You probably had a feeling that there was a bit of an over-emphasis (border-lining an obsession) about cholesterol, right? I sure did.
But before we jump into dispelling some of those myths let's make sure we have the same understanding of what exactly cholesterol is.
Myth #1: All “Cholesterol” is The Same
While cholesterol is a molecule, what it is bound to while floating through the blood is more important than how much of it there actually is within your system. In fact – in certain instances, what it's combined with can have surprisingly positive effects on your arteries and heart.
Think of cholesterol as just one component of a compound that floats around your blood. These compounds contain cholesterol as well as fats and special proteins called “lipoproteins”.
They're grouped into two main categories:
HDL: High Density Lipoprotein (AKA “good” cholesterol) that “cleans up” some of those infamous “arterial plaques” and transports cholesterol back to the liver.
LDL: Low Density Lipoprotein (AKA “bad” cholesterol) that transports cholesterol from the liver (and is the kind found to accumulate in arteries and become easily oxidized hence their “badness”).
However, this is a simplified explanation. Truthfully, it’s a little more complicated than this. These two categories are further broken down into subcategories which can also be measured in a blood test.
So the term “cholesterol” doesn’t accurately describe all that cholesterol is because it can have very different effects on your body depending on which molecules are bound to it.
Myth #2: Cholesterol is Bad
Don’t be miss led. Cholesterol is an important component for producing a cascade of critical functions like converting sun exposure into vitamin D, regulating sex hormones (e.g. estrogen and testosterone), and producing bile to help you absorb dietary fats. Plus, it extends health into the pliability and receptive membranes of your cells.
Talk about an important molecule!
While the overall amount of cholesterol in your blood (AKA “total cholesterol”) should be monitored, it isn't nearly as important as how much of each kind you have in your blood.
Having too much LDL cholesterol in comparison to HDL (the LDL:HDL ratio) has been associated with an increased risk of heart disease. However, it is absolutely not the only thing to consider for heart health.
Myth #3: Eating cholesterol increases your bad cholesterol
Most of the cholesterol in your blood is made by your liver. Therefore, it’s not solely sourced from the cholesterol you eat. This is what makes cholesterol medications effective. They block certain enzymes in your liver (HMG Co-A reductase, to be exact) in an effort to limit cholesterol production at its source – the liver.
Still, what you eat does affect the amounts of cholesterol produced by your liver. It’s just that after a cholesterol-rich meal, your liver doesn't need to make as much.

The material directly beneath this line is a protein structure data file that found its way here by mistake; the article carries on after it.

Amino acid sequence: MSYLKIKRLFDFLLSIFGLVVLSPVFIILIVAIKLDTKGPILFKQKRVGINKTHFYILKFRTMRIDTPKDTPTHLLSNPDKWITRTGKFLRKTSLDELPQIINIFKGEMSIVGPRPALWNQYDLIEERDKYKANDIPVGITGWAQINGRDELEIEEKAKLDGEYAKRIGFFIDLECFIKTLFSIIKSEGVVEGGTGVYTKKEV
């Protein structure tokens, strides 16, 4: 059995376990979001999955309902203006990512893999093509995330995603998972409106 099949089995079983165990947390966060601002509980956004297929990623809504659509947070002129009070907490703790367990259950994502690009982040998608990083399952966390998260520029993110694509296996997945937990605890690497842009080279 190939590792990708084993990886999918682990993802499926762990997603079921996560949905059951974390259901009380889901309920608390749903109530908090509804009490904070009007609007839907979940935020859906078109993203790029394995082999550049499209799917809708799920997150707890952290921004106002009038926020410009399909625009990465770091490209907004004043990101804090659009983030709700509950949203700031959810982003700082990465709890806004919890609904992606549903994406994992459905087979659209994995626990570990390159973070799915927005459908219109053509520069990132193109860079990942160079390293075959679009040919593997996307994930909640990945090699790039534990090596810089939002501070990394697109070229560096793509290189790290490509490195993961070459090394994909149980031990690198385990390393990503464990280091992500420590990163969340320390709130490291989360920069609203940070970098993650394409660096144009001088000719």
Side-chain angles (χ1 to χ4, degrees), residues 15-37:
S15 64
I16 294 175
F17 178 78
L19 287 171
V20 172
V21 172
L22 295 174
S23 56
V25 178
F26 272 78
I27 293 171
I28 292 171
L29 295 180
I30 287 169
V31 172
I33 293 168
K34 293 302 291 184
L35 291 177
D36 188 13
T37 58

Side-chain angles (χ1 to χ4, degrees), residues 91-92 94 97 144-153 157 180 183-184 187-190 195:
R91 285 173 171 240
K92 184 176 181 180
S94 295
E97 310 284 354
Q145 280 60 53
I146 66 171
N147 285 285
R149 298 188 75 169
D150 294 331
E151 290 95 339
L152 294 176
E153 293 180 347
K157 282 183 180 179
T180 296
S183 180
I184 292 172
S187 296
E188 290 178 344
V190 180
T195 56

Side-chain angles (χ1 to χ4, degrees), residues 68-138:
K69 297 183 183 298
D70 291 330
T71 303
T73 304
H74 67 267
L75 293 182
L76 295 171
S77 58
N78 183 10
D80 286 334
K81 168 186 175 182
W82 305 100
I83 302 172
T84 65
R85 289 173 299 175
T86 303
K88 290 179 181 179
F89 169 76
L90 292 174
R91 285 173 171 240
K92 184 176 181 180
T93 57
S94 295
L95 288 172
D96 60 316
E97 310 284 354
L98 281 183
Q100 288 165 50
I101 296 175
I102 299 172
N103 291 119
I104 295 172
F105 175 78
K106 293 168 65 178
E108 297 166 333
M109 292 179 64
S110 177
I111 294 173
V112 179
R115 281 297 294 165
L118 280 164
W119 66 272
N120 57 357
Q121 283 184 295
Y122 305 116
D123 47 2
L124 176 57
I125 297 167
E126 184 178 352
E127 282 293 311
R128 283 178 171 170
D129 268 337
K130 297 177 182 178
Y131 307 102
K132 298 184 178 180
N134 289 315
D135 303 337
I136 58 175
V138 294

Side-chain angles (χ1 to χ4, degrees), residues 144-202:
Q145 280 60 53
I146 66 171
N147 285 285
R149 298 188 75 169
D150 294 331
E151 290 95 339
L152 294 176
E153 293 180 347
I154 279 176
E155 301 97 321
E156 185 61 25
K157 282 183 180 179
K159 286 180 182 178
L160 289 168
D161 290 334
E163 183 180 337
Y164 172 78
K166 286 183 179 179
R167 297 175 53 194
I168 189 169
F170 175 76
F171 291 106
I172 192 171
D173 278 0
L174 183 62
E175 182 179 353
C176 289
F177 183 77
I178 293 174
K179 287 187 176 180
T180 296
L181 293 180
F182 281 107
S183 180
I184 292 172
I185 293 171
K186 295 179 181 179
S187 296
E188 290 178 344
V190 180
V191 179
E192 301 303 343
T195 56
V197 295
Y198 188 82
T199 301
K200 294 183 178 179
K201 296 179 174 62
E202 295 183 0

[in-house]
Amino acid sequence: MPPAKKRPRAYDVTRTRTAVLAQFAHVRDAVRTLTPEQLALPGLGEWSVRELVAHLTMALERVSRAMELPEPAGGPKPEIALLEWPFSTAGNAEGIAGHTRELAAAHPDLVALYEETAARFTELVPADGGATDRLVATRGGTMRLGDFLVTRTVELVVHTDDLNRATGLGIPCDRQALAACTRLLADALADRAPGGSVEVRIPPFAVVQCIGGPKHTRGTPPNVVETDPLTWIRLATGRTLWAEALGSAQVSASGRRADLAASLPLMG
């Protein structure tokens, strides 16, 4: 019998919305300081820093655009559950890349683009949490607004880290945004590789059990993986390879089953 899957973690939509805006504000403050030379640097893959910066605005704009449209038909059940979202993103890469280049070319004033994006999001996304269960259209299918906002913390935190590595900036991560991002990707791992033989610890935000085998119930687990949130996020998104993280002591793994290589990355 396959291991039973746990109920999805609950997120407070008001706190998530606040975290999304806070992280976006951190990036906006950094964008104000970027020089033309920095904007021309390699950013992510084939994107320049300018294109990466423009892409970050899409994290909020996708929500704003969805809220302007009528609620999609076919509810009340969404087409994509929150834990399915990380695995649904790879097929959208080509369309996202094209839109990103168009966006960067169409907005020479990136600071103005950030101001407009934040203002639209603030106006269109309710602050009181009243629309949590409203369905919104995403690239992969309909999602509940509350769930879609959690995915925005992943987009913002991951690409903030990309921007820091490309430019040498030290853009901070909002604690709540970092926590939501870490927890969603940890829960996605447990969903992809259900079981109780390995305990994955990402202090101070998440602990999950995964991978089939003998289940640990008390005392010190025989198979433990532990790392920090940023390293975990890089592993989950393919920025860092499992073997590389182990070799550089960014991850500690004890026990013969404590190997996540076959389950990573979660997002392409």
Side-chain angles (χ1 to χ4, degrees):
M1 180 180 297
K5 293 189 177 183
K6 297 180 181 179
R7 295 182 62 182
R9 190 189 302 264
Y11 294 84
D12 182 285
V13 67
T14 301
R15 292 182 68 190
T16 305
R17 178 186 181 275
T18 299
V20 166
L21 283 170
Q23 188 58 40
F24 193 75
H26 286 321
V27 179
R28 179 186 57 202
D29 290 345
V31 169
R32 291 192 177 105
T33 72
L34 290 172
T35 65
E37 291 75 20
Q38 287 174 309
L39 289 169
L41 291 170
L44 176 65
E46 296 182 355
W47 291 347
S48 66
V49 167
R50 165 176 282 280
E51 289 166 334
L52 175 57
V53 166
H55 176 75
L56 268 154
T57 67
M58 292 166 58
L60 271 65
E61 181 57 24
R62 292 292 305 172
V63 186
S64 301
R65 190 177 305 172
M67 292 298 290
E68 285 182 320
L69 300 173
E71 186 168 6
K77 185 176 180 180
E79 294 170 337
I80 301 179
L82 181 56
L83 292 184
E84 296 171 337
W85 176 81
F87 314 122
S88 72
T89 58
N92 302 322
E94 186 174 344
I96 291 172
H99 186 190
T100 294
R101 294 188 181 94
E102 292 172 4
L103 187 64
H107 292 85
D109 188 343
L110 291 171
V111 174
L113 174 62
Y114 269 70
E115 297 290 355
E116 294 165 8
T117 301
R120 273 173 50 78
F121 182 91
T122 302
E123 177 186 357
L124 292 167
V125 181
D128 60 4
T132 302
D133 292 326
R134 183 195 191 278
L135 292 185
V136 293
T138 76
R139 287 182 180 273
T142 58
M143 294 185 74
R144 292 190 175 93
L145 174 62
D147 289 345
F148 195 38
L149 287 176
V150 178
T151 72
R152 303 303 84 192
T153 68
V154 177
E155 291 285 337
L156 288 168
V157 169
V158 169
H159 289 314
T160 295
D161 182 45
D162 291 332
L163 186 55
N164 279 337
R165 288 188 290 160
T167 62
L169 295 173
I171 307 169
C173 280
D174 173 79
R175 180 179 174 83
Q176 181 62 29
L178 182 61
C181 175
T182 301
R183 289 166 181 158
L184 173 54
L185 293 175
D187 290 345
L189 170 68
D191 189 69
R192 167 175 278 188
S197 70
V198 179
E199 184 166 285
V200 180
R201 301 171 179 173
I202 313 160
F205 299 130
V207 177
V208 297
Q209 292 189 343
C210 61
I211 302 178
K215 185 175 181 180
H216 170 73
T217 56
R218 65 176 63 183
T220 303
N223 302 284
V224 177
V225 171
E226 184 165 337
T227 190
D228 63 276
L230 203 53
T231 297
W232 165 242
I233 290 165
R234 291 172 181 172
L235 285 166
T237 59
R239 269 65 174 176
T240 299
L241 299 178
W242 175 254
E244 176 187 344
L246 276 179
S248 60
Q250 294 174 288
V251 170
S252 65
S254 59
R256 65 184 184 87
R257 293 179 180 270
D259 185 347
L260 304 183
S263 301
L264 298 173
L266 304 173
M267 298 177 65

Myth #4: Your cholesterol should be as low as possible
As with almost everything in health and wellness there's a balance that needs to be maintained. There are very few extremes that are going to serve you well.
People with critically low levels of cholesterol have increased risks of developing other non-heart-related issues like certain types of cancers, as well as severe depression.
Myth #5: Drugs are the only way to get a good cholesterol balance
It’s always important to remember that you shouldn’t start (or stop) taking any medications without first speaking with your doctor.
While certain medications can certainly lower levels of “bad” LDL cholesterol, they seem to be minimally effective at raising the “good” HDL cholesterol.
But - Guess what does?
That’s right! Proper nutrition and regular exercise!
If you want the most efficient and impactful way to improve your cholesterol levels (without medications) you must be willing to incorporate some form of exercise and commit to eating lots of fruits and veggies. And I’m talking lots (say up to 10 servings) of fruits and veggies a day. Every day…
Don't groan… I’ve even got a recipe here (Hemp Seed and OJ Dressing) to help you add at least one salad to your day.
Lastly, stay vigilant. The science of cholesterol and heart health is complicated and new discoveries are being made practically every day. That said, there’s no need to fear its complexities. There is always something that can be done from a nutrition and lifestyle perspective in order to improve your cholesterol ratios.
In short: exercise, lose weight, stop smoking, and eat better (including quality fats). That means fatty fish, avocados and olive oil; while simultaneously ditching those over-processed hydrogenated “trans” fats.
Until next time – Live loud, Stay Young, and Keep Moving toward a better you!
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